The following address was given by John Constable in Wind Power: The Great Debate on the 13th of June 2012 at the Cheltenham Science Festival, an event held in conjunction with the Royal Academy of Engineering. The motion under consideration was that: “This house believes that Britain should be a fan of wind energy”.
John Constable and the journalist Ben Pile spoke against, while the wind industry consultant Andrew Garrad, Jonathon Porritt, supported the motion. The event was chaired by writer and broadcaster Vivienne Parry.A show of hands at before the debate suggested that about 60% supported the motion, and this was unchanged at the conclusion.
1. We are often told that when thinking about wind power we need to see the ‘big picture’. I agree. Let’s do that. What does the big picture tell us?
2. It tells us that the climate change mitigation agenda has already failed. Global emissions have risen by 45% since 1990. Chinese emissions have almost tripled since that year, and now exceed those of the United States, which have themselves grown by 20% over the same period.
3. The trend is upwards. The emissions reductions agenda has failed. Who is to blame?
4. Jonathon is to blame, as is the green movement generally, for bullying OECD governments into adopting legal mandates for low carbon solutions that are technically primitive and consequently ludicrously expensive.
5. The result is that the example of the low carbon economy that we present to the world is deeply unattractive, and we have persuaded nobody, least of all our own populations, who are now waking up to the fact that the uptake of renewables, originally promised to us as a grass roots and small is beautiful affair, has become a bun-fight between target driven government and subsidy hunting corporates, with venture capital feasting in the space between. And there’s Jonathan and his friends, of course, cheering it all on from the margins.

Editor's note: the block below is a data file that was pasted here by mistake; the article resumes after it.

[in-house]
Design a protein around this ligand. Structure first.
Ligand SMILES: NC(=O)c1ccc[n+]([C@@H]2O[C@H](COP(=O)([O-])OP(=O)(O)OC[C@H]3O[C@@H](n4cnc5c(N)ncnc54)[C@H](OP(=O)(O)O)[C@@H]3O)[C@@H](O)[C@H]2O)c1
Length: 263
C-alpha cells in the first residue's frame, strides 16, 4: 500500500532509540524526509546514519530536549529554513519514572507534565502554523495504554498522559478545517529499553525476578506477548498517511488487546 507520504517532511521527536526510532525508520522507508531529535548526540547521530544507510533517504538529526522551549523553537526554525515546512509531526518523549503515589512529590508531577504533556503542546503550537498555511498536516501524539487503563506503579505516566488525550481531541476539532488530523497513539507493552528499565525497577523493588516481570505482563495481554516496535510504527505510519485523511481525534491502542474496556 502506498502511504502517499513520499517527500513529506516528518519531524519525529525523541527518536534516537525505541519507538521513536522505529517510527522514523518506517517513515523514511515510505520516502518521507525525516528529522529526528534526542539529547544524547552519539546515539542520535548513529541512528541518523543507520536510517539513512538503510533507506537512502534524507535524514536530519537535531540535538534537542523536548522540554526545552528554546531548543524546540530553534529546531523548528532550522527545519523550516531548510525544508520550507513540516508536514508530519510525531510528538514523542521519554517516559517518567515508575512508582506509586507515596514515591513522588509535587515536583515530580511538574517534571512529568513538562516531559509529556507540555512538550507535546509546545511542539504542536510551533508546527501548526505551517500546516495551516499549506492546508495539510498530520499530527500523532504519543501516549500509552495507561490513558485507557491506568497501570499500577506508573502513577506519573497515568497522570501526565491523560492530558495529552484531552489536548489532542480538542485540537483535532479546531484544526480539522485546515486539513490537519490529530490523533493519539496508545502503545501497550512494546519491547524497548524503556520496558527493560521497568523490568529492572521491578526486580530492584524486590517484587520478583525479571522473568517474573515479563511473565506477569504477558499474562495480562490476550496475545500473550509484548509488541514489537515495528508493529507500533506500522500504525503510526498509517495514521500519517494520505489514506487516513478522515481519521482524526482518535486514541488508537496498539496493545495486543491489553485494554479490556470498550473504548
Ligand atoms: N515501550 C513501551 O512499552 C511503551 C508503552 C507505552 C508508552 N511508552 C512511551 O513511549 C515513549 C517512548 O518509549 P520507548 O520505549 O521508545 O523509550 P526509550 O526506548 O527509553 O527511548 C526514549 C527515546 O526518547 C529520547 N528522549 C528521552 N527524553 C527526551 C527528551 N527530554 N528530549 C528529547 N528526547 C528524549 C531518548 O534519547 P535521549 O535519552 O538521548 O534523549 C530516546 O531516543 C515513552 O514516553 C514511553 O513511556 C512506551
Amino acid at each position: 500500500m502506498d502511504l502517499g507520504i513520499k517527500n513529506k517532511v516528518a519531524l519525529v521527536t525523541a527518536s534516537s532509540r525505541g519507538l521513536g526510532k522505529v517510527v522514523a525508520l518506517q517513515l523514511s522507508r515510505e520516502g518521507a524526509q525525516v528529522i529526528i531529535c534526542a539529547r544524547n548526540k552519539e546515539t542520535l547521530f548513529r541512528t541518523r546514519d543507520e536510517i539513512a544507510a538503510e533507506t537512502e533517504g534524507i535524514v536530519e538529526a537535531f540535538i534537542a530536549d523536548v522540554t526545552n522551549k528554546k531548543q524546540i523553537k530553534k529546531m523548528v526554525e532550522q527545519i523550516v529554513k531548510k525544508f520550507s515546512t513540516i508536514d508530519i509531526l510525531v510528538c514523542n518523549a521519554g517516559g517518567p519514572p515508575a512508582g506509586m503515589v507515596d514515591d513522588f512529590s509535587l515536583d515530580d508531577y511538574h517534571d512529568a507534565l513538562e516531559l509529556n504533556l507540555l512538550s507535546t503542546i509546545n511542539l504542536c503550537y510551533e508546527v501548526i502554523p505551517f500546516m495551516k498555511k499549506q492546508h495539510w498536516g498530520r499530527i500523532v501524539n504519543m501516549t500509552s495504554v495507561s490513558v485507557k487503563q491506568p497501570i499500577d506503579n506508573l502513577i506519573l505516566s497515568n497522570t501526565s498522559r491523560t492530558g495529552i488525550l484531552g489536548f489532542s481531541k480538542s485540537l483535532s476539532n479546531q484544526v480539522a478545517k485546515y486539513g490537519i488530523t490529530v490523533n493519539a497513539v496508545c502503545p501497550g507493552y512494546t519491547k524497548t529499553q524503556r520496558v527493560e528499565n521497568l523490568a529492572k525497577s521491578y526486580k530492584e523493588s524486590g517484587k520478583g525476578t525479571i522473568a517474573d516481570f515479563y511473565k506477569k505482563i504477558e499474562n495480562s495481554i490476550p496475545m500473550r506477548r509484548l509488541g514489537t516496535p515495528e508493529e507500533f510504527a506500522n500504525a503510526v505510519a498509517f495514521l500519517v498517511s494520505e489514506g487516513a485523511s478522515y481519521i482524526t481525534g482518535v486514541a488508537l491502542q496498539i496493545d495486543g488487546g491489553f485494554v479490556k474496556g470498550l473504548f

6. Think about the costs, and lets think locally. In between 2002 and 2011 the UK consumer shelled out £7.3 billion in income support for renewable electricity alone, and the annual cost is currently about £1.5 billion a year and climbing rapidly.
7. To drive investment to meet our targets we will have to subsidise the renewable electricity to the tune of about £8 billion a year in 2020, and for next twenty years. A modest target for renewable heat in the UK will cost £2 billion in subsidies. These sums would be unaffordable in good times, and are completely so in the present situation. No wonder that the Treasury is seeking to lift this burden from domestic households and businesses.
8. Wind power is a key element in the mess that the green movement has made of the climate change agenda because the wind industry offered rapid deployment at scale, in spite of its drawbacks it had one significant merit for the green NGOS; it was not nuclear. This was essentially a negative enthusiasm. Wind was good because it was not nuclear.
9. But wind requires heavy income support subsidy, 50% of the income of an onshore wind farm is subsidy, 66% of an offshore site. They’re just not ready. Wind also requires indirect subsidy in the sense that somebody else has to pay for the additional grid management costs that it imposes, for network expansion, and the provision of conventional support capacity to meet errors in the wind forecast and to guarantee security of supply on a cold, windless, winter afternoon.
10. The net result is extremely expensive emissions savings. Even at a generous estimate onshore wind costs about £90 of subsidy per tonne of CO2. Offshore wind is even worse, £180 a tonne, in comparison to EU ETS costs at under €10/tCO2. When system costs are taken into account these wind costs, already absurd, can only rise.
11. £90 a tonne is not in any sense a viable climate change policy, it’s a vanity project, and unsurprisingly it has failed at the international level, and is now failing in a Europe that can no longer afford such gestures.
12. So, between them, naïve enthusiasts and cynical speculators have set back the cause of clean energy some twenty years. Jonathon we can forgive; he meant well; but for the wind industry magnates, no apology will ever be sufficient.